You mentioned Israel leading the charge in homeland security. Everyone we had talked with over the past two weeks before we stepped foot into the Sheikh Hussein crossing, no matter their ideological position — from human rights workers and activists (both Palestinian and Israeli), to journalists and homeland security industrialists — all confirmed it for us. What does this tell you about how the high-selling “Israeli model” functions in the internationalization of borders that your forthcoming book, Empire of Borders, explores?
For one thing, per capita, Israel has the largest homeland security industry in the world. People in the business world know this, from Israel to Southern Arizona. Like when Bruce Wright, associate vice president of Tech Parks Arizona and their “Israeli Business Initiative,” told us that they look to Israel as an exemplar for their business model. Whereas Wright and his colleagues identified the largest “cluster” of border security companies in North America grouped here in Southern Arizona, he said, Israel has the largest security cluster in the world.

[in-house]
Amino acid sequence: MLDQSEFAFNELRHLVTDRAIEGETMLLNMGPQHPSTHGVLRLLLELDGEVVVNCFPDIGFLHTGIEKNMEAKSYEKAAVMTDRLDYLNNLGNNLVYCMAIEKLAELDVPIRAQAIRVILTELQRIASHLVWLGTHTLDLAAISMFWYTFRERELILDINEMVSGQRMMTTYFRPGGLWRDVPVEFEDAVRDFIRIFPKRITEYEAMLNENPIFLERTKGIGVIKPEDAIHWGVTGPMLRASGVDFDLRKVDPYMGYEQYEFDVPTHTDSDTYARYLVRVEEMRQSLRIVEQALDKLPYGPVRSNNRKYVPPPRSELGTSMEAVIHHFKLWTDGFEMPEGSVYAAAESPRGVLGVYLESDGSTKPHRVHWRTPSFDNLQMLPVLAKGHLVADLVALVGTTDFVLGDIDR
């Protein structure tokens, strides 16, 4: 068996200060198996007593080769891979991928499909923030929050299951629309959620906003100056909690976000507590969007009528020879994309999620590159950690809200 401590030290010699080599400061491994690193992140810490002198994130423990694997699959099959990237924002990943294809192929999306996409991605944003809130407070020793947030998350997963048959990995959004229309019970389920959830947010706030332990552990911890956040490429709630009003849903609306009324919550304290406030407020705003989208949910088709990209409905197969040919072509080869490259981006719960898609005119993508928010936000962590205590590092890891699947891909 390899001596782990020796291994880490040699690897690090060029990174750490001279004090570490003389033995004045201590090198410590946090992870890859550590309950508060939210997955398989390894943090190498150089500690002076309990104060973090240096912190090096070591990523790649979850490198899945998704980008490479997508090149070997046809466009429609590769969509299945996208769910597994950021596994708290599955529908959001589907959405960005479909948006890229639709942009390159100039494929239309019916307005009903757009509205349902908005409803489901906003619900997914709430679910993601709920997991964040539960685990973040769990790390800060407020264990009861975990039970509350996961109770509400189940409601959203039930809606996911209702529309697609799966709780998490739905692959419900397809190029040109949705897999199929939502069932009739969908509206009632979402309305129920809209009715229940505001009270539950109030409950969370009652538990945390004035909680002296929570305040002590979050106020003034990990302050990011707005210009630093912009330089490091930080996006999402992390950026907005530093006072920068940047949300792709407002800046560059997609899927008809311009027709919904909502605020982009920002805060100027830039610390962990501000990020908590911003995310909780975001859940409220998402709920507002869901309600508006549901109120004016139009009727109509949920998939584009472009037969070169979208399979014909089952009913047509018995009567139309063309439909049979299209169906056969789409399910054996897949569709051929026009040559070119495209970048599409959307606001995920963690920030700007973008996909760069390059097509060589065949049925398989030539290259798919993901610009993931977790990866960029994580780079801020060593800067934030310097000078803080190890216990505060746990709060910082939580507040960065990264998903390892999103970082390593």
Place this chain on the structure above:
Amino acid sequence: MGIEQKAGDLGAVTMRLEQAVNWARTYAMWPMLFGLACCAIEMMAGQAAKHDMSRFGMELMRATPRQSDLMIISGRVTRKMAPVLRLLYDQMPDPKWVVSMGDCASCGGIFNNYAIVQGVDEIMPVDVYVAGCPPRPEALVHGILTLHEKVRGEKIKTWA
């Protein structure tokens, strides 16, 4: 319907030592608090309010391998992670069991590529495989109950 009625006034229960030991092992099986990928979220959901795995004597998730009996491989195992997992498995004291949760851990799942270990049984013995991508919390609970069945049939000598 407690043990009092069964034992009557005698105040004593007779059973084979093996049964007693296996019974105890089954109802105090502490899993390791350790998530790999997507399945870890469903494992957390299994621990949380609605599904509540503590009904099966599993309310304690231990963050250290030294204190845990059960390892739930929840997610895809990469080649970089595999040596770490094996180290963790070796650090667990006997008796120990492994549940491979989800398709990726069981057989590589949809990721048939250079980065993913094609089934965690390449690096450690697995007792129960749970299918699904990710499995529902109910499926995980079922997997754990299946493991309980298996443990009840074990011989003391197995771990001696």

Every single piece of the technology deployed in the Palestinian West Bank or Gaza, or any sort of border situation under Israeli control, is simultaneously being showcased to the world. Just a few days ago, the DHS [Department of Homeland Security] secretary, Kirstjen Nielsen, toured the Israeli-Egyptian border, checking out the “smart walls” Israel has built there. They’re selling their products worldwide. They’re bringing the products that are used on Palestinians, in most cases, or to guard the border against Sudanese refugees and others in the region escaping ecological, economic, and political crises — what sociologist Christian Parenti calls the “catastrophic convergence” in the 21st century. And when the exclusion works — often violently — then it’s sold. It’s a high-selling point to the world, like you said. That’s exactly what’s happening.